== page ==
HIGHLAND PARK – The Reel 112 Film Festival includes movie posters and a red carpet walk — but the event is about more than who will be wearing what. The films presented at the second annual event will cover subjects such as head injuries in sports, the Moraine Township Food Pantry, and whether social media causes people to become narcissists.
The Reel 112 Film Festival features the innovative work created in communications/media arts (CMA) classes at Highland Park middle schools. It is sponsored by the District 112 Education Foundation in collaboration with North Shore School District 112, and will take place on May 4 at the Landmark Renaissance Theatre on two screens to accommodate the number of films, students and anticipated audience.
Last year 12 films were selected for the festival, and this year the number has grown to 18 films, which range from two and a half minutes to six minutes long, said Laura Baartmans, CMA teacher at Northwood Junior High. She said the CMA teachers choose which films to screen at the Reel Film Fest.
“Having your film screened at the Reel Film Fest is a prize in itself for a job well done,” she said. “There won’t be awards like at the Cannes Film Festival. It’s just awesome that we have 18 pieces of film that should be seen by a larger population, and it’s exciting for the kids to see their names on the marquee.”
Baartmans explained that last year the 112 Foundation sponsored all three North Shore District 112 middle schools to participate in a partnership with Facets Multi-Media. “We did an entire quarter of documentary filmmaking working with guest instructors from that organization,” she said. “It was kind of like a super grant for that program.”
Baartmans said topics from last year were generated by working with the Facets instructors, while this year the students selected their own topics.
“Midway through the screenings we’re going to have Milos Stehlik, WBEZ film critic and Facets Multi-Media founder, moderate a student panel,” said Baartmans. “Milos will be asking them about their films and their process.”
The students designed and created movie posters for their films, which will be displayed on the theater’s walls.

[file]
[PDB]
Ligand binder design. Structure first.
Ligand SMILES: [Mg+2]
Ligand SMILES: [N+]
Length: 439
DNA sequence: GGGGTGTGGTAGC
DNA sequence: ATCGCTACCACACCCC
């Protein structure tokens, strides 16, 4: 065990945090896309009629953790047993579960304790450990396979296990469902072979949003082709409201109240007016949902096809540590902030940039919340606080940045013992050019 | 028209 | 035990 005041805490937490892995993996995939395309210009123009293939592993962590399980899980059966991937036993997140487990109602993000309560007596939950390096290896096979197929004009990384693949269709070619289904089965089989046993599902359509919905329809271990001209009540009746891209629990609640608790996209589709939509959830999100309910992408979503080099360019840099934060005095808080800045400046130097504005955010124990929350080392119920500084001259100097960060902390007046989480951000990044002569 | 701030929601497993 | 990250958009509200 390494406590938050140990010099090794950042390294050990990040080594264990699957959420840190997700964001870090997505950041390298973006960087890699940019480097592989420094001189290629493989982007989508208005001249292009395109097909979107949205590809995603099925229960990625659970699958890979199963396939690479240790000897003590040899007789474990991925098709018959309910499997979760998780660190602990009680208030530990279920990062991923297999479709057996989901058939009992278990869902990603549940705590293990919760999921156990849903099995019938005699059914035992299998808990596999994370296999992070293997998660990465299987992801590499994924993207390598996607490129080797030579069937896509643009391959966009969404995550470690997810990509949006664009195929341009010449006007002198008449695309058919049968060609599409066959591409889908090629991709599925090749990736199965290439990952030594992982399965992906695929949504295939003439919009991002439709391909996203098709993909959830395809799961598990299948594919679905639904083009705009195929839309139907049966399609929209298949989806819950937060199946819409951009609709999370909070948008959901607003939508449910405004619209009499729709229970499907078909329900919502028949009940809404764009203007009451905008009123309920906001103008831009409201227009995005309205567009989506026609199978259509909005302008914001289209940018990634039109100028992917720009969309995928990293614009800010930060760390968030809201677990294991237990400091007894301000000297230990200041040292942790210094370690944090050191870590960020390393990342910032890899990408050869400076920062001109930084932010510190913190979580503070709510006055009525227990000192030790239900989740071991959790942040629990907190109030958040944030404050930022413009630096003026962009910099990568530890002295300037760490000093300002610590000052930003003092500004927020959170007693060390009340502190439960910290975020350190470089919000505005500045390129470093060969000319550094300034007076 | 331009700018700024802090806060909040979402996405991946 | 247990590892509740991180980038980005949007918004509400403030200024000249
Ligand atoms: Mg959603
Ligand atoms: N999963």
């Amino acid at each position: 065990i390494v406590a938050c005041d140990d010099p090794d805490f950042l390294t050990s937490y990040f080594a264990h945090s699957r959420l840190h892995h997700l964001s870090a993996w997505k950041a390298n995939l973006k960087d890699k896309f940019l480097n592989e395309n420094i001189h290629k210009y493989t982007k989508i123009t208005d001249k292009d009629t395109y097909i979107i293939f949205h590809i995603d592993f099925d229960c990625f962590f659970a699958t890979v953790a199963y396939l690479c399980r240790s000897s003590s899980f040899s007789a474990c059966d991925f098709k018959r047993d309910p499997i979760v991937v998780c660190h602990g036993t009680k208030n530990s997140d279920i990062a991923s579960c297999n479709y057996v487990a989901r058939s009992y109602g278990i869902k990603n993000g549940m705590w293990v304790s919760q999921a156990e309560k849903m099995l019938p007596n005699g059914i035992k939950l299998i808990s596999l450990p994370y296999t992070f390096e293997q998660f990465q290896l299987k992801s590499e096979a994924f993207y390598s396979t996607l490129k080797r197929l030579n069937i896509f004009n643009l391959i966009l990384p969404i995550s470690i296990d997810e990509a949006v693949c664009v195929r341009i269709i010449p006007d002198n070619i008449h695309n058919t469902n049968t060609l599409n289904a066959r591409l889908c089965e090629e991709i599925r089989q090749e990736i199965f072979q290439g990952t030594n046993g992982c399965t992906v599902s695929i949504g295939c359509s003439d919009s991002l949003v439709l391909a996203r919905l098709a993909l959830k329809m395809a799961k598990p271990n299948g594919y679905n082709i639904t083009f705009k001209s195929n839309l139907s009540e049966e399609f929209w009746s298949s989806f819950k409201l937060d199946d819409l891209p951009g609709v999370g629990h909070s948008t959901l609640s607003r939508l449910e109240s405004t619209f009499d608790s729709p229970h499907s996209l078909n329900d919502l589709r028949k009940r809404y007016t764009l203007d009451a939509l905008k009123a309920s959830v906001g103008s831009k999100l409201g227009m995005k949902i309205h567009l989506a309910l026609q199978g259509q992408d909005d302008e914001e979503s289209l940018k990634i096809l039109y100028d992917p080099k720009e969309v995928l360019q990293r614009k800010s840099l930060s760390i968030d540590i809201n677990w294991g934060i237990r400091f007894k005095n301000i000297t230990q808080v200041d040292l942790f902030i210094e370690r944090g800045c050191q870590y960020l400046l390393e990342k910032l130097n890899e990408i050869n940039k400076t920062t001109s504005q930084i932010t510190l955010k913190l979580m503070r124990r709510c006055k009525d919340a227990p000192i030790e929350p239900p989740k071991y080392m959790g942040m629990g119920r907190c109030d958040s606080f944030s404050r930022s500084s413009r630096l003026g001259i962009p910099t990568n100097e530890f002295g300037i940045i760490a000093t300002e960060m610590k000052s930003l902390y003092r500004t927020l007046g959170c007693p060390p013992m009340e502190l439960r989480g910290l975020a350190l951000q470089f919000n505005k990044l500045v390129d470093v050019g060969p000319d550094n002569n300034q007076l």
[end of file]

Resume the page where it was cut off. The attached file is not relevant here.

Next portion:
Baartmans said the majority of films are by eighth grade students, and at Northwood it’s all generated through eighth grade CMA classes. At Edgewood, there’s one film with seventh graders, and at Elm Place, the films were done through a club that had a few seventh graders as well.
“The kids take the project from the conception of the idea to the final edited version of the film,” she said. “They also do the scripting if there’s any kind of narration or voiceover.” Groups are anywhere from two to five or six students. The students do all of the camera work, scout out locations, and arrange interviews.
“Then in the CMA lab, they edit it all together and add a soundtrack, and depending on the style of the documentary, images and factual information,” she said. “It is a really neat event in partnership with the 112 Foundation. We’re just thrilled as CMA teachers to have the opportunity to showcase students and what they can do.”
Below are some links to 2016 Reel 112 Film Festival selections:
Bullying: It’s the Little Things That Hurt the Most
8A Productions (five students)
Lilly Dickman, Lizzy Greenberg, Emmy Leshin, Samantha Rabin and Natalie Rothmans
Kids Against Cyberbullying
U Guessed it Inc. (four students)
Dylan Drury, Jane Frank, Tyler Kraines and Greta Lowenthal
Stress, A Reality
KVS Productions (four students)
Jordan Keyser, Maddie Szackamer, Sam Shachtman and Zach Voltz
Testing: Necessary or Not
DELLL With It Productions (five students)
Dani Dresdner, Lena Kinzel, Emma Zurek, Lauren Twadell and Laney Smith
The Reel Film Festival will be held at 6 p.m. on May 4 at Landmark Renaissance Theatres in Highland Park. Sponsored by the 112 Education Foundation, the Reel 112 Film Festival is a collaboration between the Foundation and NSSD112. Admission is free but donations are suggested, according to a press release.